CityPress - - News - MSINDISI FENGU msindisi.fengu@city­

A Har­vard stu­dent from Um­lazi town­ship in KwaZulu-Na­tal has set up an ini­tia­tive to give back to so­ci­ety by col­lect­ing and sup­ply­ing text­books to needy pub­lic schools across the coun­try.

Mfundo Radebe, who turned 20 this month, has part­nered with pri­vate donors and other young peo­ple from af­flu­ent back­grounds in the coun­try in a quest to erad­i­cate short­ages of text­books.

Radebe was for­tu­nate to get a spon­sor­ship to study at Craw­ford Col­lege in La Lu­cia in Dur­ban and after pass­ing his ma­tric with eight dis­tinc­tions in 2015, he was then awarded another schol­ar­ship last year to study po­lit­i­cal sci­ence and psy­chol­ogy at Har­vard Univer­sity in Cam­bridge, Mas­sachusetts, in the US.

His web­site pro­mot­ing his Dlulisa Ini­tia­tive is al­ready up and run­ning. The ini­tia­tive has been en­dorsed by No­bel prize lau­re­ate Wole Soyinka, and the Na­tional Youth Devel­op­ment Agency has de­scribed it as a con­tri­bu­tion to so­cial co­he­sion.

Speak­ing to City Press from the US this week, Radebe said this was his way of giv­ing back to the com­mu­nity. He said that, when he vis­ited home after his first se­mes­ter at Har­vard, he found his ma­tric text­books, study guides and sta­tionery neatly packed in his cup­board and his friends told him theirs were also in their homes. He then en­cour­aged them to dis­trib­ute the books to less priv­i­leged schools.

“It feels like a deep per­sonal com­mit­ment that I think we should all un­der­take,” he said. Radebe said that, as a young man from Um­lazi, he was for­tu­nate to have had ac­cess to a school that had re­sources. He wrote scores of let­ters while he was a pupil in a Dur­ban North pub­lic school ask­ing for a spon­sor­ship from the board of ADvTech schools, which Craw­ford falls un­der. He even­tu­ally got him­self a Craw­ford Col­lege bur­sary.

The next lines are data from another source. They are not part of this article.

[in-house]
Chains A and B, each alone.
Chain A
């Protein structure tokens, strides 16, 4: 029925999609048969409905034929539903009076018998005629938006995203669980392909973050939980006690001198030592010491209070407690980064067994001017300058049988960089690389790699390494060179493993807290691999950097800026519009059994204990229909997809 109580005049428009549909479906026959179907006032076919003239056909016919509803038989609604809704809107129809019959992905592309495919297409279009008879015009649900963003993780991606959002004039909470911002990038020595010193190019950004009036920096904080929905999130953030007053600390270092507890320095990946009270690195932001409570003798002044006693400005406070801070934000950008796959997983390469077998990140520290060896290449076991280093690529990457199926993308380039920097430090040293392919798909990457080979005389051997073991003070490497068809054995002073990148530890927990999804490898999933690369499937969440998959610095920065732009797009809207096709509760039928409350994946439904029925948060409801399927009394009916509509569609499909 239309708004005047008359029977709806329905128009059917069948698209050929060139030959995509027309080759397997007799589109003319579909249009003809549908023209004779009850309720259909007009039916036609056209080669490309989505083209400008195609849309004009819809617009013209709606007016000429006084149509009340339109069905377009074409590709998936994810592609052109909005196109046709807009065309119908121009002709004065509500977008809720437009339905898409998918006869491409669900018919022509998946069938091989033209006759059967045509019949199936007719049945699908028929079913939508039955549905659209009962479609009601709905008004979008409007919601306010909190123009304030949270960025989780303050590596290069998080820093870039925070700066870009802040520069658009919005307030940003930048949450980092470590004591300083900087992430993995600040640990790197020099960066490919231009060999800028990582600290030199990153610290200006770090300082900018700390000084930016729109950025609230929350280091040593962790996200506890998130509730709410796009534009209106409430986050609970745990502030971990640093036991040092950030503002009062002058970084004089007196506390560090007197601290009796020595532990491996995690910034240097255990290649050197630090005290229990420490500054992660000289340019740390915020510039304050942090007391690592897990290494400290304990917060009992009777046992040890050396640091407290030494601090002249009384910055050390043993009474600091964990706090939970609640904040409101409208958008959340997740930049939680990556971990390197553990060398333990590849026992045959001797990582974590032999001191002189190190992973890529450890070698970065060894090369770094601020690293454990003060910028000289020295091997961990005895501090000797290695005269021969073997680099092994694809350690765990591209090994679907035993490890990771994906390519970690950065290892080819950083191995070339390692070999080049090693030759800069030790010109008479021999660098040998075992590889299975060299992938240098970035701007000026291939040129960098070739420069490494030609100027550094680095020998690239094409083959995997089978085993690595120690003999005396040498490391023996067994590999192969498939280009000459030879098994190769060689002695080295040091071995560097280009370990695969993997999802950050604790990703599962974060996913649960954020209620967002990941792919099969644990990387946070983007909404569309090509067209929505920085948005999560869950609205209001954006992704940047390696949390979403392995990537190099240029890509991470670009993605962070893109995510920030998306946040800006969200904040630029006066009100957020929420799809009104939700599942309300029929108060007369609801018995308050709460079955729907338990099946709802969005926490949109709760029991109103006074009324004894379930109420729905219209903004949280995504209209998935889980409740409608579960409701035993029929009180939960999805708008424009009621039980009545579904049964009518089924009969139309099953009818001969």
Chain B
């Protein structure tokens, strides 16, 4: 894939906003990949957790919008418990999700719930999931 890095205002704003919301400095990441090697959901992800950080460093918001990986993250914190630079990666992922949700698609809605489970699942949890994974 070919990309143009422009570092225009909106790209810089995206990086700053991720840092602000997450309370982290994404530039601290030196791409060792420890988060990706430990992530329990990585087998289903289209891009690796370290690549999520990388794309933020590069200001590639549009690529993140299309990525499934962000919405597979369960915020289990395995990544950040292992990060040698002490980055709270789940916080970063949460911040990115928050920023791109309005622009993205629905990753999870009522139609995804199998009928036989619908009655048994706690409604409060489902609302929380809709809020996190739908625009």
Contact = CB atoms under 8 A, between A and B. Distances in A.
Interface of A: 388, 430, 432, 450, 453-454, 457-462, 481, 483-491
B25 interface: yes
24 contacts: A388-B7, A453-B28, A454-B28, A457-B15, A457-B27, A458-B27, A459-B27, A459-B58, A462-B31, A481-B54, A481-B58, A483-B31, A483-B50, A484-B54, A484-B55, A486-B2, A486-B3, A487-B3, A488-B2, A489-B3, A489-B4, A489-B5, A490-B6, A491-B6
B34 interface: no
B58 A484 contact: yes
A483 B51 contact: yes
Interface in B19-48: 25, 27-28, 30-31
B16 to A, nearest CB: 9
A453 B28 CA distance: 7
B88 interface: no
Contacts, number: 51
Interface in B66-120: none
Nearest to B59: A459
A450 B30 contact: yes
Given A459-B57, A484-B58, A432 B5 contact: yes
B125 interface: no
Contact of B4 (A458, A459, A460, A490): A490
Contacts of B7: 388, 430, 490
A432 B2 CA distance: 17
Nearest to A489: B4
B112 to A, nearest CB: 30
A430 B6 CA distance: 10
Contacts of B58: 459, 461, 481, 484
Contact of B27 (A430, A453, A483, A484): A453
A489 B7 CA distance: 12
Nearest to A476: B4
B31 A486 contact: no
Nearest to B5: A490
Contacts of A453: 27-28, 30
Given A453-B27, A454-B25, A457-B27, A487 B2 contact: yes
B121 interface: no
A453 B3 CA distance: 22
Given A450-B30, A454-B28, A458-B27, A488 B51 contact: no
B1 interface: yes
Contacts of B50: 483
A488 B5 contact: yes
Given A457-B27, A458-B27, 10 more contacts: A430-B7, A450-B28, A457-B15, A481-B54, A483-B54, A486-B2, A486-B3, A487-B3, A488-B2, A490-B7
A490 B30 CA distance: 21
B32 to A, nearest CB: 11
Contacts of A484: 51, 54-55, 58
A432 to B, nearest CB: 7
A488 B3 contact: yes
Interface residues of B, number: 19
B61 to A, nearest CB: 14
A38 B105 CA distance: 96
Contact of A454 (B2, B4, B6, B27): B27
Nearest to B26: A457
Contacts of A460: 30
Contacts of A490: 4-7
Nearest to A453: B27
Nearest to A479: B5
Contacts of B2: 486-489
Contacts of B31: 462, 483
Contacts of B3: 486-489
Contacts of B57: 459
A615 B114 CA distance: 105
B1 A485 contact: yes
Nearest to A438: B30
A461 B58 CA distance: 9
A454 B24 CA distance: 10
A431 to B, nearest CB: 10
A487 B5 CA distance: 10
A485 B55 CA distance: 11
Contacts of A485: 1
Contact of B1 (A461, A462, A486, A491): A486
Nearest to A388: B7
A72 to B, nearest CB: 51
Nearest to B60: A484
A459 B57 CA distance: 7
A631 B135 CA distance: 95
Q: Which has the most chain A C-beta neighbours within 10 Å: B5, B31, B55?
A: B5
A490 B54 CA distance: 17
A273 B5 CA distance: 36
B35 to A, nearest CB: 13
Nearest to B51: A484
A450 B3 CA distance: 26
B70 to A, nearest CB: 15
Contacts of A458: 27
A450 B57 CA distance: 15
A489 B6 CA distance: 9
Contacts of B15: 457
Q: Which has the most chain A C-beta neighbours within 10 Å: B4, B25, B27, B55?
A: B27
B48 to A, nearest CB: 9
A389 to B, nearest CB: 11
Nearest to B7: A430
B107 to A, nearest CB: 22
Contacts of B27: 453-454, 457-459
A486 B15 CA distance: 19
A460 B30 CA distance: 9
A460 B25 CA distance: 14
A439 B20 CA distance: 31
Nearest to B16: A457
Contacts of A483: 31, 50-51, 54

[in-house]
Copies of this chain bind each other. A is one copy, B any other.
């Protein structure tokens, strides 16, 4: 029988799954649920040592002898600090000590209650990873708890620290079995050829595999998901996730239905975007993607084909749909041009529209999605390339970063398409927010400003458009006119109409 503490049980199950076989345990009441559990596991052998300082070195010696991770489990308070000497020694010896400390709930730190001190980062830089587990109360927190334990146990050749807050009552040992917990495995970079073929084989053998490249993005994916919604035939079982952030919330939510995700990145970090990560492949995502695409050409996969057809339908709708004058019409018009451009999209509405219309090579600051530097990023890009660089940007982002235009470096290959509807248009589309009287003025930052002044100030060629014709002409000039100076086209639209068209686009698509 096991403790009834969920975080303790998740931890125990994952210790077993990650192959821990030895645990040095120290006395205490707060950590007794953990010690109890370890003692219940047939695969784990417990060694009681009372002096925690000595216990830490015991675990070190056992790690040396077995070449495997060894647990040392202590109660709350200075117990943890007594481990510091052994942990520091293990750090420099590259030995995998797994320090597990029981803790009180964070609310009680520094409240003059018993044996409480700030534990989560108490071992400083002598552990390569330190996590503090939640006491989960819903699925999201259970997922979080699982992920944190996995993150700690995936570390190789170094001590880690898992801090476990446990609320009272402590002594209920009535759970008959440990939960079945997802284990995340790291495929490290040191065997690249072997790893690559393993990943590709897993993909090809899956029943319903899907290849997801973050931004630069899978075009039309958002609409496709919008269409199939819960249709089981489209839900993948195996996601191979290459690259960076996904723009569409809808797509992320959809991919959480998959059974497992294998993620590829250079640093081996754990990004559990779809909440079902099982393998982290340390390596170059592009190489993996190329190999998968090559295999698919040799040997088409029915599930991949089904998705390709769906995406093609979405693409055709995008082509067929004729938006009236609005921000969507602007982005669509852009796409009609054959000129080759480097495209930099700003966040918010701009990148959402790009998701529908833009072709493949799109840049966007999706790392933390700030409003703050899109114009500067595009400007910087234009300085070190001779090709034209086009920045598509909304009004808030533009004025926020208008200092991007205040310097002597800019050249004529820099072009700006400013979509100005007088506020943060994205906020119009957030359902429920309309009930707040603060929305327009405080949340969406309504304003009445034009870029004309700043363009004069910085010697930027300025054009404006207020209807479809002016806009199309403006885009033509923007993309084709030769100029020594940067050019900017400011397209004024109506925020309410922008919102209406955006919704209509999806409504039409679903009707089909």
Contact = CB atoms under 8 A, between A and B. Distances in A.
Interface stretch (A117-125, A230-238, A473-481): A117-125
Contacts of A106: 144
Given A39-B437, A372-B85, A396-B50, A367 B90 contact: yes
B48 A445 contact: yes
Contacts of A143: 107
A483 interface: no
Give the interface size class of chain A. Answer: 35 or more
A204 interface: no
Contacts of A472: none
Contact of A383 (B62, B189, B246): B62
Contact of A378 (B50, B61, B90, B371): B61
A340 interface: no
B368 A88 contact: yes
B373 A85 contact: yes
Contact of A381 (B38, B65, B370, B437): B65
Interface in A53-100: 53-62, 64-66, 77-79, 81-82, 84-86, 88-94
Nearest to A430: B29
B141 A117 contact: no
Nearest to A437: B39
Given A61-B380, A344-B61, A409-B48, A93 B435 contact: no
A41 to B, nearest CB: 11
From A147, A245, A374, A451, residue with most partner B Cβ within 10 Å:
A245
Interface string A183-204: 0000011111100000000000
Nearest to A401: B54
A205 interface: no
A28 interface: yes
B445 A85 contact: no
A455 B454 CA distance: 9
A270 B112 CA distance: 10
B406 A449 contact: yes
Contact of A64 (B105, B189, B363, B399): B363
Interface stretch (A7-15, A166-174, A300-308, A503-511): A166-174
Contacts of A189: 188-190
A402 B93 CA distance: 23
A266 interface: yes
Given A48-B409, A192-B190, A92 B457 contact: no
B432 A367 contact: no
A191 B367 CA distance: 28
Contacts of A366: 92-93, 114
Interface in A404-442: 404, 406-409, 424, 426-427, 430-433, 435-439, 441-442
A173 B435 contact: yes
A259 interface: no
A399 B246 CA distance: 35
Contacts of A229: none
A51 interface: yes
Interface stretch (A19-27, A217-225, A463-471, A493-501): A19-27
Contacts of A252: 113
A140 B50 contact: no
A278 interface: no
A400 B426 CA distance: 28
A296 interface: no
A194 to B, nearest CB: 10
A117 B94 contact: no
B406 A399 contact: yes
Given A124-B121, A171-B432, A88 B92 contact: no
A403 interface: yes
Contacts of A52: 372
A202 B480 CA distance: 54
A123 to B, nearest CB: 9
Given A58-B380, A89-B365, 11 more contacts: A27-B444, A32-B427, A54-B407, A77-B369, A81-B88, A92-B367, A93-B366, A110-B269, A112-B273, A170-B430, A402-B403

His mother, Nobuhle Zwane, is a nurse at Prince Mshiyeni Memo­rial Hos­pi­tal and his step­fa­ther, Lucky Zwane, is a teacher at Dloko Se­nior Sec­ondary in Um­lazi. He has two sis­ters and a brother.

He told City Press that his ini­tia­tive would first be pi­loted in Jo­han­nes­burg and Cape Town to test its ef­fi­ciency, and then rolled out to other schools. He is hop­ing to col­lect more than 25 000 books and text­books a year in part­ner­ship with in­ter­ested schools.

He said each school would run two collection cam­paigns a year for two weeks.

“I pri­mar­ily be­lieve that in the pri­mary and sec­ondary phase, no child should be left be­hind.

“We need a sys­tem­atic and rad­i­cal change in the way we view ed­u­ca­tion. A child with a text­book should be the most im­por­tant goal that this na­tion strives for. It must come be­fore po­lit­i­cal gain,” Radebe said.

Asked about re­cent calls by univer­sity stu­dents for free higher ed­u­ca­tion, Radebe said the im­por­tant mes­sage be­hind the need for free higher ed­u­ca­tion was that if South Africa failed to ed­u­cate its poor stu­dents, this would later af­fect the coun­try in a neg­a­tive way.

“South Africa still has a long way be­fore it can be­come an equal so­ci­ety. I am an ad­vo­cate for over­haul­ing the pri­mary and sec­ondary ed­u­ca­tion phases first, and en­sur­ing that each South African child is given the re­sources they need at this most piv­otal stage. I think that is where my voice is needed most right now,” he said.

Study­ing po­lit­i­cal sci­ence and psy­chol­ogy has been his goal, and he be­lieves the qual­i­fi­ca­tion will equip him to un­der­stand how so­cial thought af­fects pub­lic pol­icy.

“This is im­por­tant to me as some­body who has so much hope for South Africa and her peo­ple,” he said.

For de­tails on how to con­trib­ute books, visit dluli­saini­tia­


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